3. Since Weil did not testify, I wonder how exactly Weil's attorney got in the evidence that Weil had been advised by lawyers that the business was not illegal. Note that Weil's attorney made the argument to the jury, so presumably there was some factual predicate in the record. This is a variation of the good faith defense -- which is really not a defense but an attack on whether the Government has proved the level of mes rea required for the crime. In most Title 26 tax crimes, that level of mens rea is willfulness -- voluntary, intentional violation of a known legal duty. For the conspiracy charge, that level of mens rea is certainly required if the conspiracy charged is an offense conspiracy to commit a Title 26 tax crime requiring willfulness and, I would argue, something like that even with the defraud / Klein conspiracy. I have discussed the of "good faith" and "reliance on professionals in my Federal Tax Crimes book. The relevant excerpts from the book (as updated) are "good faith," here, and "reliance on professionals," here.In the jury instructions, the Court advised the jury (boldface supplied by JAT):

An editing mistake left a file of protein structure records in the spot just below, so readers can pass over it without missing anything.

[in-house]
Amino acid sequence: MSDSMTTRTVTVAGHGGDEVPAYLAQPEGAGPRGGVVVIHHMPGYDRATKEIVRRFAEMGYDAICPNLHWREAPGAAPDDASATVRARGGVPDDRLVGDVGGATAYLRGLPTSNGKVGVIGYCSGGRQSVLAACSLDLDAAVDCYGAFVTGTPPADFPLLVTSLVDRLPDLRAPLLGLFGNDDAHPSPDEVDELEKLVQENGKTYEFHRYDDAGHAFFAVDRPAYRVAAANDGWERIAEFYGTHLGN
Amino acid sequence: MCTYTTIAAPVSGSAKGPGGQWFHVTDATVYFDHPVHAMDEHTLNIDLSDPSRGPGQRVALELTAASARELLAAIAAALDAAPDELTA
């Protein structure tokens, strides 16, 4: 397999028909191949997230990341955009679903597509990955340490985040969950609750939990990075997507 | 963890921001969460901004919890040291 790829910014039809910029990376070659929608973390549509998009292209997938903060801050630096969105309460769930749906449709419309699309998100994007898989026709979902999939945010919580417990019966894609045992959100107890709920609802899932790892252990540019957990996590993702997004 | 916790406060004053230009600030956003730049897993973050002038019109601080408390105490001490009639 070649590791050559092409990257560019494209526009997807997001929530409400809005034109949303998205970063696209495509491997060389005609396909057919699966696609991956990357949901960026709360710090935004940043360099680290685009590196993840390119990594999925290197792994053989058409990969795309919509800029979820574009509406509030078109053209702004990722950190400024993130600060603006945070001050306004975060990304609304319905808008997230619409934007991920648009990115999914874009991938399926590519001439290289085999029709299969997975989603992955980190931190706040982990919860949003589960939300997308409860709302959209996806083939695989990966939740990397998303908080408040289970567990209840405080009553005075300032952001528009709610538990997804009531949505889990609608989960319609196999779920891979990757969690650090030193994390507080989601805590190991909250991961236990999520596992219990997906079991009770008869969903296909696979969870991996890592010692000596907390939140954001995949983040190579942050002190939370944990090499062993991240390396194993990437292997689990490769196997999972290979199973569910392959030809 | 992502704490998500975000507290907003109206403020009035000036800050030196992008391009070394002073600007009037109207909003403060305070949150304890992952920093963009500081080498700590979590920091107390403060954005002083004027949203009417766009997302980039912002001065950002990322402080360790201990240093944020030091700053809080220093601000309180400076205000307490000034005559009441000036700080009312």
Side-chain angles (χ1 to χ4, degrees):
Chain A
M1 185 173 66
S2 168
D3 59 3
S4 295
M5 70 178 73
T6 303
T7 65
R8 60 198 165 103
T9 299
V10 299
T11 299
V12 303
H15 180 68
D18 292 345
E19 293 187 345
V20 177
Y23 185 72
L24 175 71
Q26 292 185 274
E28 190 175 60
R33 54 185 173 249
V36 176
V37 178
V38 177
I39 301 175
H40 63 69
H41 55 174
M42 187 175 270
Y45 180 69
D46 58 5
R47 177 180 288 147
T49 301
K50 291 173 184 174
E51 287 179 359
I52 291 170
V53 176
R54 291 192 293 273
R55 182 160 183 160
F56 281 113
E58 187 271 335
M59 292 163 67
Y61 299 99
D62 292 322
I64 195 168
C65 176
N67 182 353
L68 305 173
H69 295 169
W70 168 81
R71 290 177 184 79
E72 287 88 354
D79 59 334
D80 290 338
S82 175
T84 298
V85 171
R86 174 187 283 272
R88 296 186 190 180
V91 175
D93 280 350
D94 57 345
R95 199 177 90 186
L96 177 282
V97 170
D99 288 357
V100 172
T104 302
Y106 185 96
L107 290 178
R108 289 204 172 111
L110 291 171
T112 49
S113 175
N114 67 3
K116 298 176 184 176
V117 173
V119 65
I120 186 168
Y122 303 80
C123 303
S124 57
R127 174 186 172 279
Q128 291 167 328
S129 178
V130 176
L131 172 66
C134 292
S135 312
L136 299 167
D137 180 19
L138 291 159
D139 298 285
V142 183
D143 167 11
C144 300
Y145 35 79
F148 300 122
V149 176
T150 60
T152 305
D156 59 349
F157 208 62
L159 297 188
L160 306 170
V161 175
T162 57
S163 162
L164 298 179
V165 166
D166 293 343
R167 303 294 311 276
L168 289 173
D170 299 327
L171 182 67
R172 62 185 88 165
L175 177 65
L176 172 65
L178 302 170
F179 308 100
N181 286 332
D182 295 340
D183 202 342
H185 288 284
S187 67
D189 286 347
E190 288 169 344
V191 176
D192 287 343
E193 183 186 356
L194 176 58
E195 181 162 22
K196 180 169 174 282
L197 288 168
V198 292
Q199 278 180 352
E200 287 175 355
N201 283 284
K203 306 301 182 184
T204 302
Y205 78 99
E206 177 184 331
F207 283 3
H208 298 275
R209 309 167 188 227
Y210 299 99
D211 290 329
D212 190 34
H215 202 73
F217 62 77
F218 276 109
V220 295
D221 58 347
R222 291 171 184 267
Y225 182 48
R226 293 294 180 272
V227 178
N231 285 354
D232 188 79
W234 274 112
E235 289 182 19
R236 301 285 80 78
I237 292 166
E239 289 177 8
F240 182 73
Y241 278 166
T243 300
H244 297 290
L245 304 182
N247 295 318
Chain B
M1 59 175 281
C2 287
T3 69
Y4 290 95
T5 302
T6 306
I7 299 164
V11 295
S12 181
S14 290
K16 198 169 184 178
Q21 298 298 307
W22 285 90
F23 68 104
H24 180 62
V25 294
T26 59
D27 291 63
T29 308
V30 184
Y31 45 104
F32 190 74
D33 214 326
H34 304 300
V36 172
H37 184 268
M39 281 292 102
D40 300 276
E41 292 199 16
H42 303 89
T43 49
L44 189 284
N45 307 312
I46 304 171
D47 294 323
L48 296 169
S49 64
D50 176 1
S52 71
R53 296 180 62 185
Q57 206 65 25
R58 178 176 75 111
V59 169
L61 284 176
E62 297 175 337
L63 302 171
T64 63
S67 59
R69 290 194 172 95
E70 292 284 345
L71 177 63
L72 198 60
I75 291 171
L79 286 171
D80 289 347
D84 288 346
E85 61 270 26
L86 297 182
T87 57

It is further part of Mr. Weil's defense that this misconduct was in direct violation of UBS' policies and rules, including the U.S. Country Papers, and was done without Mr. Weil's knowledge or approval.
This misconduct was not reported to Mr. Weil and was concealed by those who committed the misconduct.
It is further a part of Mr. Weil's defense that Mr. Weil was also advised by lawyers for UBS that the existence of the U.S. cross-border business, including the non-W-9 business, was agreed to by the IRS and permitted by the QI Agreement and U.S. Tax Law.
Lawyers and subordinates also advised Mr. Weil that the U.S. cross-border business, including the non-W-9 business, was operated in a way that was compliant with the QI Agreement and U.S. Tax Law.
Now, evidence that the defendant in good faith followed the advice of counsel would be inconsistent with the element of willfulness.
Willfulness has not been proved if the defendant, before acting, made a full and complete good faith report of all material facts to an attorney he considered competent, received the attorney's advice as to the specific course of conduct that was followed and reasonably relied upon that advice in good faith.